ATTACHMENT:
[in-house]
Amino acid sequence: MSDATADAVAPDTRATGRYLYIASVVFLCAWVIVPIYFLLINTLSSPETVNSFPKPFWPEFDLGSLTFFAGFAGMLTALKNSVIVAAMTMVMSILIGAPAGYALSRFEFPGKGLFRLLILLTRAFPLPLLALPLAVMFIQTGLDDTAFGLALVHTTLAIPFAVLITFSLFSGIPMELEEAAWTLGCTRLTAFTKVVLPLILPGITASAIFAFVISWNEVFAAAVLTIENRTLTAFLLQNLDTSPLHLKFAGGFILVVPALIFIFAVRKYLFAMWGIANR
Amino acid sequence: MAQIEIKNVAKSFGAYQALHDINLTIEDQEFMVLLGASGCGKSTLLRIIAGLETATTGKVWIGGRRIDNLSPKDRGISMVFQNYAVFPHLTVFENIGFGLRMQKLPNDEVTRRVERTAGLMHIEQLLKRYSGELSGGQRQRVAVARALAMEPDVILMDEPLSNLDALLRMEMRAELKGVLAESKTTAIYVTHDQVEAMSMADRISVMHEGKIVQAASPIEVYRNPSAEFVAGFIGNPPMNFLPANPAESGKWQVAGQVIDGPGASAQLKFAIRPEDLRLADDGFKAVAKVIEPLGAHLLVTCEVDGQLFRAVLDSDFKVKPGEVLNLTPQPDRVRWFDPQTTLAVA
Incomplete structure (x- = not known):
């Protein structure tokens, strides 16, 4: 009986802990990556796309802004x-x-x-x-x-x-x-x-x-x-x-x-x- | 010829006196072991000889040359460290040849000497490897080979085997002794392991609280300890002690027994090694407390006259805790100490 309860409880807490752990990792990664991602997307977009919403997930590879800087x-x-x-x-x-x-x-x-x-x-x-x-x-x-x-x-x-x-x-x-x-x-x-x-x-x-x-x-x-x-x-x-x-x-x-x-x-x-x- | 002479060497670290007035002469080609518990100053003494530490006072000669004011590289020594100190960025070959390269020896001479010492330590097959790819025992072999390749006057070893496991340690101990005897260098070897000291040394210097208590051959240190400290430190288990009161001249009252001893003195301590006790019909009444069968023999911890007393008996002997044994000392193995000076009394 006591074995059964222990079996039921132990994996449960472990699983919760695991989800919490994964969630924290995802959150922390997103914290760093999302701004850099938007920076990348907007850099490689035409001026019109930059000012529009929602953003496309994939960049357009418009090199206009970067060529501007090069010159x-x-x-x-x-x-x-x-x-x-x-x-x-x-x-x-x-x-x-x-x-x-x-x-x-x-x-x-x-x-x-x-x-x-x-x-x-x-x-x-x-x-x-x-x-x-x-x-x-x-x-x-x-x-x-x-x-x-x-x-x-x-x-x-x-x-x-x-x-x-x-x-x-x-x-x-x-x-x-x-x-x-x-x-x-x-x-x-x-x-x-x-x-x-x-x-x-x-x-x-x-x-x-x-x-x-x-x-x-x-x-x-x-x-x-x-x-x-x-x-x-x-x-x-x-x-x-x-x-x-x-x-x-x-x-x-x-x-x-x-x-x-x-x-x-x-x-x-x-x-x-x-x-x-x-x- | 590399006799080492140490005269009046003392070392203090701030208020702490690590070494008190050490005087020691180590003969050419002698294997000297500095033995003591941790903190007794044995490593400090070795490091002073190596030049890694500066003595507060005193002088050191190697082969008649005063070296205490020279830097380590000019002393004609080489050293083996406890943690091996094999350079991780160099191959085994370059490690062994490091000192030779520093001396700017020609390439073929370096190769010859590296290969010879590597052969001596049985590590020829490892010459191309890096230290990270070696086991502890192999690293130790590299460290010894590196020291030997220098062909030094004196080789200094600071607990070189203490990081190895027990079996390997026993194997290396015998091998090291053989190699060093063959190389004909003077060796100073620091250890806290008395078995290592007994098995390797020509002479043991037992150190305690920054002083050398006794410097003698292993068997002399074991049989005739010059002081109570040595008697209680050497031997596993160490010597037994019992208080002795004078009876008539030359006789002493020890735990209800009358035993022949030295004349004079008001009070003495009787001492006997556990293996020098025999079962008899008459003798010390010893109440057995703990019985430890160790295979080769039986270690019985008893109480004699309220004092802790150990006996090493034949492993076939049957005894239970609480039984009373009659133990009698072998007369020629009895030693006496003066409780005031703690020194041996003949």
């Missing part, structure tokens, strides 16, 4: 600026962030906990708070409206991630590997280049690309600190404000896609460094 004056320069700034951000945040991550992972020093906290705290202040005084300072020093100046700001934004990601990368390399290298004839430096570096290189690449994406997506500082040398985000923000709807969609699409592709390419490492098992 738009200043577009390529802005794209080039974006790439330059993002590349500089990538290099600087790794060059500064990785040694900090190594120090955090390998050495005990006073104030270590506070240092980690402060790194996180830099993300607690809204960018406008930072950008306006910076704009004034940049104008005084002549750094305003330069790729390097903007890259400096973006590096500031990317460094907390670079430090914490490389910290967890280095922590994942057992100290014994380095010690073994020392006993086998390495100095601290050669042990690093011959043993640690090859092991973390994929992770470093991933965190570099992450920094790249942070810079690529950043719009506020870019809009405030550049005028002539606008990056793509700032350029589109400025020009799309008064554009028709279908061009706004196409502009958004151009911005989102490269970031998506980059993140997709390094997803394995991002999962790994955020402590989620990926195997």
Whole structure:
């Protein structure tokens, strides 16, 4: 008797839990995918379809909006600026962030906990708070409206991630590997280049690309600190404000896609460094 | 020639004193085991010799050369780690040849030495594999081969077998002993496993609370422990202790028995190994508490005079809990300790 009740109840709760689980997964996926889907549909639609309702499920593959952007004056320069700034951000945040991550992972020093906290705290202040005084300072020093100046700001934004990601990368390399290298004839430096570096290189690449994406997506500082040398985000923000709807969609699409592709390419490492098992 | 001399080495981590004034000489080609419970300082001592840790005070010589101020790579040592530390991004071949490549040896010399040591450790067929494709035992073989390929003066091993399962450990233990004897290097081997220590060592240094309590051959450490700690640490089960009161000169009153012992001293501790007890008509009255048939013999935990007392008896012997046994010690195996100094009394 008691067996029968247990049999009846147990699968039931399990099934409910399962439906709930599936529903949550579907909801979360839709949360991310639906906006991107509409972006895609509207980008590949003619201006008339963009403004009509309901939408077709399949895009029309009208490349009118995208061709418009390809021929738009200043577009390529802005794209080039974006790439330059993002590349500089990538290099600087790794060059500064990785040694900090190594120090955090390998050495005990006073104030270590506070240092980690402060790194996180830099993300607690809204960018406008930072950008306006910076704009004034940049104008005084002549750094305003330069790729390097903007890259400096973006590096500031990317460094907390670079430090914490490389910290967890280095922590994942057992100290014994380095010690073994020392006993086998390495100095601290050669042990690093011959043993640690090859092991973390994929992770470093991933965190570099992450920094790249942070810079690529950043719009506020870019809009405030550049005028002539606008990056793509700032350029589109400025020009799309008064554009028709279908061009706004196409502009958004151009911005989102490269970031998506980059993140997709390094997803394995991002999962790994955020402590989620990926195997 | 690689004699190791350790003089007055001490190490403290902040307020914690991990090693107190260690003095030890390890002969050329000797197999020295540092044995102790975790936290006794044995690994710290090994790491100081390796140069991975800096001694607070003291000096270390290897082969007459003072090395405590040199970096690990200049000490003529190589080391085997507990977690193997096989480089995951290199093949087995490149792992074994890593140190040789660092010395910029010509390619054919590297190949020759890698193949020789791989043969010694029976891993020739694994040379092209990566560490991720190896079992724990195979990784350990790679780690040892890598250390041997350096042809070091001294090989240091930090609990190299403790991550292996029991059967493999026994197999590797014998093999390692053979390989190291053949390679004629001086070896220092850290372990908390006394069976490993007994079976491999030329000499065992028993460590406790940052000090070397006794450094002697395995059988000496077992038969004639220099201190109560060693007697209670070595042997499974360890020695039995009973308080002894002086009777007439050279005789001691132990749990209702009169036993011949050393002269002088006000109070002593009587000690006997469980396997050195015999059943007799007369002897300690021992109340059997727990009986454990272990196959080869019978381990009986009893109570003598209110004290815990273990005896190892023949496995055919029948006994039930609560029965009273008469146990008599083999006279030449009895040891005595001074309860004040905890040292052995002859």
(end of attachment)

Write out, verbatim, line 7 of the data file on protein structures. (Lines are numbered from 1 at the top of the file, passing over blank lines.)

Whole structure: